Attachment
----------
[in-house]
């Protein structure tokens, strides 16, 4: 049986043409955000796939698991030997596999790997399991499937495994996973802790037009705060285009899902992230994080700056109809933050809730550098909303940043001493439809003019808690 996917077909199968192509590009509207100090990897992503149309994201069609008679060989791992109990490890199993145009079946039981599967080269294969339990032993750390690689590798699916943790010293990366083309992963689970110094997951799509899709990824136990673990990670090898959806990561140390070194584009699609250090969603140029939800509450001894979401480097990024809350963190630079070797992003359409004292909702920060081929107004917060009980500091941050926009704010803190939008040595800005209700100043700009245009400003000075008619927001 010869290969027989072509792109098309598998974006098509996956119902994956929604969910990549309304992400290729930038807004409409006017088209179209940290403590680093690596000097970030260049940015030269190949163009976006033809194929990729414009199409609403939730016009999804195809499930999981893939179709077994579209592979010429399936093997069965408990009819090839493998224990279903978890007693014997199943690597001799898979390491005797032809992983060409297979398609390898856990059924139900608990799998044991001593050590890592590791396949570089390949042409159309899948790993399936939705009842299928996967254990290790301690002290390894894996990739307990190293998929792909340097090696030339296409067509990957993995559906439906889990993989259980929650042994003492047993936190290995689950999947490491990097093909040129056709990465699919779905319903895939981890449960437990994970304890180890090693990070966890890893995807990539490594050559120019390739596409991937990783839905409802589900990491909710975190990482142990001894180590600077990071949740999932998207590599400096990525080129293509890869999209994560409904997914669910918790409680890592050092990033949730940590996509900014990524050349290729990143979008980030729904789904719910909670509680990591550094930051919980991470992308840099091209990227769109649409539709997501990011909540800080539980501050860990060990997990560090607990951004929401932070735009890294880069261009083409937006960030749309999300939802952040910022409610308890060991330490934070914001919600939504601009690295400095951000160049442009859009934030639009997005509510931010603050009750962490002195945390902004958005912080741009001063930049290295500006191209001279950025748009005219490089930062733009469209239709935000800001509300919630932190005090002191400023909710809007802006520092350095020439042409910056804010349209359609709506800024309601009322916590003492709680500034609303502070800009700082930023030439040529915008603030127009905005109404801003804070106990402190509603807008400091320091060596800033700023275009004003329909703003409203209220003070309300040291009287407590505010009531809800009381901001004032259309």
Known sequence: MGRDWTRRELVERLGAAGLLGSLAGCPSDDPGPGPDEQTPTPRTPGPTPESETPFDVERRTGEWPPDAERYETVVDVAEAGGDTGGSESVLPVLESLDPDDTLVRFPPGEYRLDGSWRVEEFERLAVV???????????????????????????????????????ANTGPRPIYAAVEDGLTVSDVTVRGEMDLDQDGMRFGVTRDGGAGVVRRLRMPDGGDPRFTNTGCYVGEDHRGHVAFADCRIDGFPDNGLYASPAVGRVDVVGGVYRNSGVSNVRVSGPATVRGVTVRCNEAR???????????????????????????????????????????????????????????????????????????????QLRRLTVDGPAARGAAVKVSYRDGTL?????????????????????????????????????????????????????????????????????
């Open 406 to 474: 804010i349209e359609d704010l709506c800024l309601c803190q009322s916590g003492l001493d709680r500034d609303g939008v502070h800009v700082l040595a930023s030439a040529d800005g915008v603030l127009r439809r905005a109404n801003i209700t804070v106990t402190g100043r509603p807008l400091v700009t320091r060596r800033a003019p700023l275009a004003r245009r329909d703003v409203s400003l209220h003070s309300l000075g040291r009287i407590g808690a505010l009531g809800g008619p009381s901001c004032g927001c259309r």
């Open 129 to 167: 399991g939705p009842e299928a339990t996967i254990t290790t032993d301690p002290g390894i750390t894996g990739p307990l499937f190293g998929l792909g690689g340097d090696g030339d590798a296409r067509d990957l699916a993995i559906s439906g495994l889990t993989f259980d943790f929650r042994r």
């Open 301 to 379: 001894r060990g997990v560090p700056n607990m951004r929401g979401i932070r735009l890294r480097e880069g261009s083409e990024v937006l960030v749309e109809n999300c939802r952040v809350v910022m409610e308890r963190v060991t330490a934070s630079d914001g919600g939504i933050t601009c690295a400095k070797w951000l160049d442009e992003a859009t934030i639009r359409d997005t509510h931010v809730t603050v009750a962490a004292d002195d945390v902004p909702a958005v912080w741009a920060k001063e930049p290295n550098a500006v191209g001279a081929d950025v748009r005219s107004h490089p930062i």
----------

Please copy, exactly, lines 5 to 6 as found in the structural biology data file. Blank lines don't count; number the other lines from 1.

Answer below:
């Open 129 to 167: 399991g939705p009842e299928a339990t996967i254990t290790t032993d301690p002290g390894i750390t894996g990739p307990l499937f190293g998929l792909g690689g340097d090696g030339d590798a296409r067509d990957l699916a993995i559906s439906g495994l889990t993989f259980d943790f929650r042994r």
């Open 301 to 379: 001894r060990g997990v560090p700056n607990m951004r929401g979401i932070r735009l890294r480097e880069g261009s083409e990024v937006l960030v749309e109809n999300c939802r952040v809350v910022m409610e308890r963190v060991t330490a934070s630079d914001g919600g939504i933050t601009c690295a400095k070797w951000l160049d442009e992003a859009t934030i639009r359409d997005t509510h931010v809730t603050v009750a962490a004292d002195d945390v902004p909702a958005v912080w741009a920060k001063e930049p290295n550098a500006v191209g001279a081929d950025v748009r005219s107004h490089p930062i």